Low Moments: It doesn’t get much lower than a 2-15 stretch that erases all early season momentum and knocks you out of the playoffs for good in one fell swoop.
Bright Spots: This team needs a personality to build around, so even though the Dunk Contest is a trivial exhibition, it vaulted Gordon and the Magic into the public consciousness. His game still needs work, but there’s a chance he becomes that elusive face of the franchise, and the 2016 Dunk Contest was his coming-out party.
Coming off the bench in a March 23 loss to Detroit, Payton put up a 20-10-10 triple-double, showing why he was a Lottery pick and a tough guy to give up on. His 43% shooting in the game undermined his efficiency, and therein lies the problem.
Center Dewayne Dedmon, who earned a spot on the team after signing a 10-day contract in 2014, has produced recently, scoring 18 points in a win over the Bulls. His dirt-cheap contract is up this summer, but the Magic may want to re-sign him for front court depth and the feel good story of it all.
Oladipo had 45 points in a recent loss to the Cavs. The potential is there for this kid to become a stud.
Assets: As mentioned, the Magic are loaded with blue chip talent that’s yet to fully come together. They also have their own 1st Round picks for the next several years and they’re yet another team with a truckload of cap space. Here’s an asset ranking:
- Gordon – Under team control through 2017-18 on a rookie contract.
- Oladipo – Signed through next season on a rookie contract. It’s not crazy to think he and Gordon can become a potent 1-2 punch.
- Hezonja – Somewhat wasted rookie year, but his rookie deal has him under team control through 2018-19. I have faith in his talent, and he has all the confidence in the world.
- Vucevic – A bit banged-up again this year. They may look to trade him soon; they owe him $48M through 2018-19.
- 2016 1st Round pick – Late Lottery pick.
- Payton – Forget a shooting coach, get this man a full team of experts. Ideally he becomes a good enough shooter to not be a negative offensively. But if not, they’ll be shopping for a PG.
- 2017 1st Round pick
- Shabazz Napier – Destined to be a career backup. But he’s cheap.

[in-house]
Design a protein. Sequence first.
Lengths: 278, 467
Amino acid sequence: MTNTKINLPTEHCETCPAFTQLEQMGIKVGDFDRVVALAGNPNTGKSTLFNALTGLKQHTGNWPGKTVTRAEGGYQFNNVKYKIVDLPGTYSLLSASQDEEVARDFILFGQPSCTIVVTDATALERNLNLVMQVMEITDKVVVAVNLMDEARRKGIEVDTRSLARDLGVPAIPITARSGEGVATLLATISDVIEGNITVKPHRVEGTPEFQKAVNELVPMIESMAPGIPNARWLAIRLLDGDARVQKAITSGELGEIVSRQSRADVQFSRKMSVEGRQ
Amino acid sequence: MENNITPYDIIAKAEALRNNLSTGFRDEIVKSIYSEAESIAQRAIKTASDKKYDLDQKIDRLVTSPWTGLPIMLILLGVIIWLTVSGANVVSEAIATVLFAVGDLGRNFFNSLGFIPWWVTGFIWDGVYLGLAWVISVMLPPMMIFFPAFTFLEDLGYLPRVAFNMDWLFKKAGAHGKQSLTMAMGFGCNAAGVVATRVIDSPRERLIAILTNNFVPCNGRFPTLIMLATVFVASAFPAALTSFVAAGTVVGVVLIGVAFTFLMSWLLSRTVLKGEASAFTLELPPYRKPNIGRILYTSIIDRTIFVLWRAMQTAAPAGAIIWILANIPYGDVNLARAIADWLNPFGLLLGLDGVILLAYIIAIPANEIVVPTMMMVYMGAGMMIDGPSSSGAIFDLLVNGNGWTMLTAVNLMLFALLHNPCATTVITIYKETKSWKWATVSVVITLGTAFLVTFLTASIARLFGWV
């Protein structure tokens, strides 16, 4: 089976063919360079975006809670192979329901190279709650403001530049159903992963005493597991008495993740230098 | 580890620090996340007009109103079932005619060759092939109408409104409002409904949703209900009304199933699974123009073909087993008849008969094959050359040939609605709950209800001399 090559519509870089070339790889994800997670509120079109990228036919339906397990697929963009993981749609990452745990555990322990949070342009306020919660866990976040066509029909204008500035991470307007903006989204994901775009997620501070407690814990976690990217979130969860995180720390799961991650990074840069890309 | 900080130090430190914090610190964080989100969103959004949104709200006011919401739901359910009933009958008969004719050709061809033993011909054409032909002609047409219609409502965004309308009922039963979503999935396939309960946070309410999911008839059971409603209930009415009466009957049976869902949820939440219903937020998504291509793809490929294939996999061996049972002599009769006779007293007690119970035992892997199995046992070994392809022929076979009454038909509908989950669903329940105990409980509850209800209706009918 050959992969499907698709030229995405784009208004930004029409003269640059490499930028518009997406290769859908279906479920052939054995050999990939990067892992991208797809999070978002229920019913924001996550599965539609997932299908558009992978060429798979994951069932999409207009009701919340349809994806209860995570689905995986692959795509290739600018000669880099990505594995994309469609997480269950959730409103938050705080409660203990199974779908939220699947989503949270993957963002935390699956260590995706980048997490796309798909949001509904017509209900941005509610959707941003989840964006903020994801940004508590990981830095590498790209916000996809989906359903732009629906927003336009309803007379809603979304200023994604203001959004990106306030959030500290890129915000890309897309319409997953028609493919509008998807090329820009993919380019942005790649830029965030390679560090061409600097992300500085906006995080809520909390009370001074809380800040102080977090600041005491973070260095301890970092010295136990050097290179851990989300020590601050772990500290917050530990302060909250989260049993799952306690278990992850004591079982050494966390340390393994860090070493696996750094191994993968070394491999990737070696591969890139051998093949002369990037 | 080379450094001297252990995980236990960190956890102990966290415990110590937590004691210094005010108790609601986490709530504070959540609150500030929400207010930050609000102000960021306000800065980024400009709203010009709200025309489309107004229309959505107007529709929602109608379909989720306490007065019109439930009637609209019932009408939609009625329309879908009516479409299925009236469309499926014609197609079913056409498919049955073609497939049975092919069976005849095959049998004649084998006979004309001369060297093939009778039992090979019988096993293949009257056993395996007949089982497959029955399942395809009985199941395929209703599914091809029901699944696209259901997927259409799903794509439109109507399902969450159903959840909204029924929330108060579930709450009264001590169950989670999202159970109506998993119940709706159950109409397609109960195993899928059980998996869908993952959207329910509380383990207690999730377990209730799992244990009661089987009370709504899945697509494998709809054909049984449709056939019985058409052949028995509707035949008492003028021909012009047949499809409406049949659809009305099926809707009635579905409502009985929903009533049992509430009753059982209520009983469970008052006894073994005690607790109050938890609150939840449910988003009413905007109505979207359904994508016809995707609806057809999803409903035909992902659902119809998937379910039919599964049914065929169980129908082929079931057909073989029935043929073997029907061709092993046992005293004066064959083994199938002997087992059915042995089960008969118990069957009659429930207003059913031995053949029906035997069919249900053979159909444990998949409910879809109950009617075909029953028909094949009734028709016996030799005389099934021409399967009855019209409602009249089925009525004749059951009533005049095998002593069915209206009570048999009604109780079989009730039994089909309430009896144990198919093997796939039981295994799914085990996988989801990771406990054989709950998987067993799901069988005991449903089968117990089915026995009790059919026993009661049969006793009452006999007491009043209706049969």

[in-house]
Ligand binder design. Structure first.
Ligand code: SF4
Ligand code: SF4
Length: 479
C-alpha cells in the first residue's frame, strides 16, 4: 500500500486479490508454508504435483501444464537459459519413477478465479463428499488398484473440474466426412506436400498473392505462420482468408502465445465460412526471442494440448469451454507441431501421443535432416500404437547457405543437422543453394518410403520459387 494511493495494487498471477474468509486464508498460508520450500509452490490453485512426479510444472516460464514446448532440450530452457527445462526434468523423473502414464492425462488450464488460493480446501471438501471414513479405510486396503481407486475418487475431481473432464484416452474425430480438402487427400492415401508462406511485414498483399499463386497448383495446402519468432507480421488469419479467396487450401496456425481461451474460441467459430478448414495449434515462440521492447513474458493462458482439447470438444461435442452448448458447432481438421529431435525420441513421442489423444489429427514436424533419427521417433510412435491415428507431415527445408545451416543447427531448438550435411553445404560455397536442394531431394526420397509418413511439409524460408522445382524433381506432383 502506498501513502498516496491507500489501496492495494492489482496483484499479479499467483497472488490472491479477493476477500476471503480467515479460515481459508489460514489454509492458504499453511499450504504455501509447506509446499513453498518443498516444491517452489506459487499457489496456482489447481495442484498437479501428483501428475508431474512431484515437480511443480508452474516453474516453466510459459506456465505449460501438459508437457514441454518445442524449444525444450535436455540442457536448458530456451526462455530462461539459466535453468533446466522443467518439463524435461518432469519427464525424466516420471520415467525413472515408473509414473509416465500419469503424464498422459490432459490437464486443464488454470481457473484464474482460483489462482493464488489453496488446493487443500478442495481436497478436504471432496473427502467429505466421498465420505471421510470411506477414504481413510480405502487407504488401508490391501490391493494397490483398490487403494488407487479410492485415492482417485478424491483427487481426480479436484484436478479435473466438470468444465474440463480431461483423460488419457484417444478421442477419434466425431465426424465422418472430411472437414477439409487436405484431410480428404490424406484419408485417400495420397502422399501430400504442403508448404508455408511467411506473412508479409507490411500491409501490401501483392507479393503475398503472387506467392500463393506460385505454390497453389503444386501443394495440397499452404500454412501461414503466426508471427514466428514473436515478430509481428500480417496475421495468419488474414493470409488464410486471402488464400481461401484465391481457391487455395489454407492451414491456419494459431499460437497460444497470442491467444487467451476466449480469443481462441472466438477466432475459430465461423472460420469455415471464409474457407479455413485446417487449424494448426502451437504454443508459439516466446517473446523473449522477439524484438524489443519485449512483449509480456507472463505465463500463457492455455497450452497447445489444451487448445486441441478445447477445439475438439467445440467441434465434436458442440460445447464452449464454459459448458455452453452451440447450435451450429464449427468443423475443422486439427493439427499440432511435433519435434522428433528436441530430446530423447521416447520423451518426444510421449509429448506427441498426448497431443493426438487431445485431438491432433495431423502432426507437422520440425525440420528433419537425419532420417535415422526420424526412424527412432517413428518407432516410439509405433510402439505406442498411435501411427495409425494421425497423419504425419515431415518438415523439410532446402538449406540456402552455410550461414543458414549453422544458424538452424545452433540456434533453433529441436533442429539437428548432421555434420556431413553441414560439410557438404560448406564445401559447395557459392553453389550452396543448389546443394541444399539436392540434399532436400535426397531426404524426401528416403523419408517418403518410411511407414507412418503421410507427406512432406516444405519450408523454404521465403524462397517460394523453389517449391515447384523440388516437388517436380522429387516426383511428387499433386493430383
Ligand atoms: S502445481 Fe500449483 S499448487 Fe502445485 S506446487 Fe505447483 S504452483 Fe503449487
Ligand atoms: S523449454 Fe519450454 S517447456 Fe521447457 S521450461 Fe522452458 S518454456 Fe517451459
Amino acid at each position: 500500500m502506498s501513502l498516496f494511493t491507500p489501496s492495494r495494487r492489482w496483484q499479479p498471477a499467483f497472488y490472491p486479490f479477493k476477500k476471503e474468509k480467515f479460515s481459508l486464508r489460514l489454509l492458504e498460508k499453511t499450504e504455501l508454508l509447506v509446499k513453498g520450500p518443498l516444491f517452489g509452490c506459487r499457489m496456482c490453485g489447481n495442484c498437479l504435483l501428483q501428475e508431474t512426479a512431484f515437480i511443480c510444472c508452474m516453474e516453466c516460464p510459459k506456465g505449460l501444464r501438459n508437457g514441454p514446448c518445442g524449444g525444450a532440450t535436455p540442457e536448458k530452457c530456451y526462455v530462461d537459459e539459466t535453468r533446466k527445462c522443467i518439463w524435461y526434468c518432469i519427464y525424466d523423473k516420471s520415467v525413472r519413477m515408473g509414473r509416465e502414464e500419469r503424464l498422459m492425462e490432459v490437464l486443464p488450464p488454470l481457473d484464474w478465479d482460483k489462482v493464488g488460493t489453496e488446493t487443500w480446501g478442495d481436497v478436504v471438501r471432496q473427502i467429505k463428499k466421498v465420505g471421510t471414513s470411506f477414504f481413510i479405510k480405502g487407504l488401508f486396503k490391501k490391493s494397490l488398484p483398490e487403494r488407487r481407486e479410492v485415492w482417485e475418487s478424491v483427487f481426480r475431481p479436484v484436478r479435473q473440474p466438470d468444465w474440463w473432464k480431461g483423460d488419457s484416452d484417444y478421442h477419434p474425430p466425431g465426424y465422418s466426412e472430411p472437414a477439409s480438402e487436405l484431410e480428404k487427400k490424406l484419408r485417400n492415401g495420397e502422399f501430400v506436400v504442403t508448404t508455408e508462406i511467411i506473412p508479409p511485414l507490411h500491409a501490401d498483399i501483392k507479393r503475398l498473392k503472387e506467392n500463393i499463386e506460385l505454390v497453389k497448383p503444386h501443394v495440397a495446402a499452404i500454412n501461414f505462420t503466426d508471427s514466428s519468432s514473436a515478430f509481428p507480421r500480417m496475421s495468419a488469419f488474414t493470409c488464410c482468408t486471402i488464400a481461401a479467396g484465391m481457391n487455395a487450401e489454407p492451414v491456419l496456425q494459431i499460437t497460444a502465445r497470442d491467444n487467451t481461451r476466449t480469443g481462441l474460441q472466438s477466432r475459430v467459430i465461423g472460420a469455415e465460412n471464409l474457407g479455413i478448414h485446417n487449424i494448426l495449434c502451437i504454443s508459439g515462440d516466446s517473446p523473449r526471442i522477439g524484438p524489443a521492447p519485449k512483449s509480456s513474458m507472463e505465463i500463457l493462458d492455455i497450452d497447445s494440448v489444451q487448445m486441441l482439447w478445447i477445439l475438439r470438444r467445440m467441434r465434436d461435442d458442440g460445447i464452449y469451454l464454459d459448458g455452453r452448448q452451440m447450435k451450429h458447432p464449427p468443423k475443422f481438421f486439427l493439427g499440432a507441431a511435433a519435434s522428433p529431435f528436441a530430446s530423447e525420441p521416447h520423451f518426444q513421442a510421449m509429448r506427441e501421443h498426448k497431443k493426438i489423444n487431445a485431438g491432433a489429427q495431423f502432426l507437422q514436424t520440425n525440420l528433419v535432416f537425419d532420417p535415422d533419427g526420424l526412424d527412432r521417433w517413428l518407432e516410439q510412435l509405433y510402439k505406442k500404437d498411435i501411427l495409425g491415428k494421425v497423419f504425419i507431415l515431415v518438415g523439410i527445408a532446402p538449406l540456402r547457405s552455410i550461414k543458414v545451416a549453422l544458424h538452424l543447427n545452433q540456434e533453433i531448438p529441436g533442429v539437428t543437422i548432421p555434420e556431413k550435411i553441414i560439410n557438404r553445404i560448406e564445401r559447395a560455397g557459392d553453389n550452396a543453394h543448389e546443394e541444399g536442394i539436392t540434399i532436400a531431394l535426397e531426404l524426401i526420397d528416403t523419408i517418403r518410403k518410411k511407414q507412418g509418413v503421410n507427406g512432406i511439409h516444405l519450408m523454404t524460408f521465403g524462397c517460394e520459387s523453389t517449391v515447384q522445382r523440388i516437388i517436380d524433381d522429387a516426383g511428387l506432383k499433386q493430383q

- Ilyasova – Due over $8M next season, battling injuries and doesn’t play a ton of defense. But he can hit a 3-point shot, something this team needs.
- 2018 1st Round pick
- CJ Watson – This team has so many point guards.
- Lakers 2018 1st Round pick – There’s a chance this one doesn’t convey but if it does, it could be in the Lottery.
- Devyn Marble – 23-year old whose spent time in the D-League. He’s an unknown commodity.
Free Agency prospects: The Magic have five players on expiring contracts they will consider re-signing – Fournier, Dedmon, Jennings, Jason Smith, Andrew Nicholson. They should let Jennings go, and only re-sign one of the two centers (Dedmon and Smith). Dedmon is much younger and can be a solid backup, so he gets my vote. Fournier has been one of their most consistent scorers on the wing and though he’ll command a fairly sizable pay day, it’s worth it to bring him back. Nicholson has had his moments (24 points vs. Brooklyn Tuesday) but he doesn’t see much time on the court. He’s a toss-up.
As for free agent targets from the outside, there’s buzz they may try to bring Dwight Howard back, but that seems a fool’s errand. He’s on the clear downslope of his career and will cost a fortune. The point guard market is thin this season. They can always use three-and-D wings, such as Nic Batum. Depending on whether they re-sign any of their own free agents, they’ll have between $30-50M in cap space, so expect plenty of offers to be made.
Resurrection Scale: 50% (Stuck in NBA Purgatory) – It’s been said many times that the worst place to be in the NBA is in the middle. With the 18th best record, that’s right about where the Magic find themselves. A big free agent signing or trade involving Payton and Vucevic can swing that. If they rely solely on the draft (late-Lottery) purgatory will continue to be hard to escape.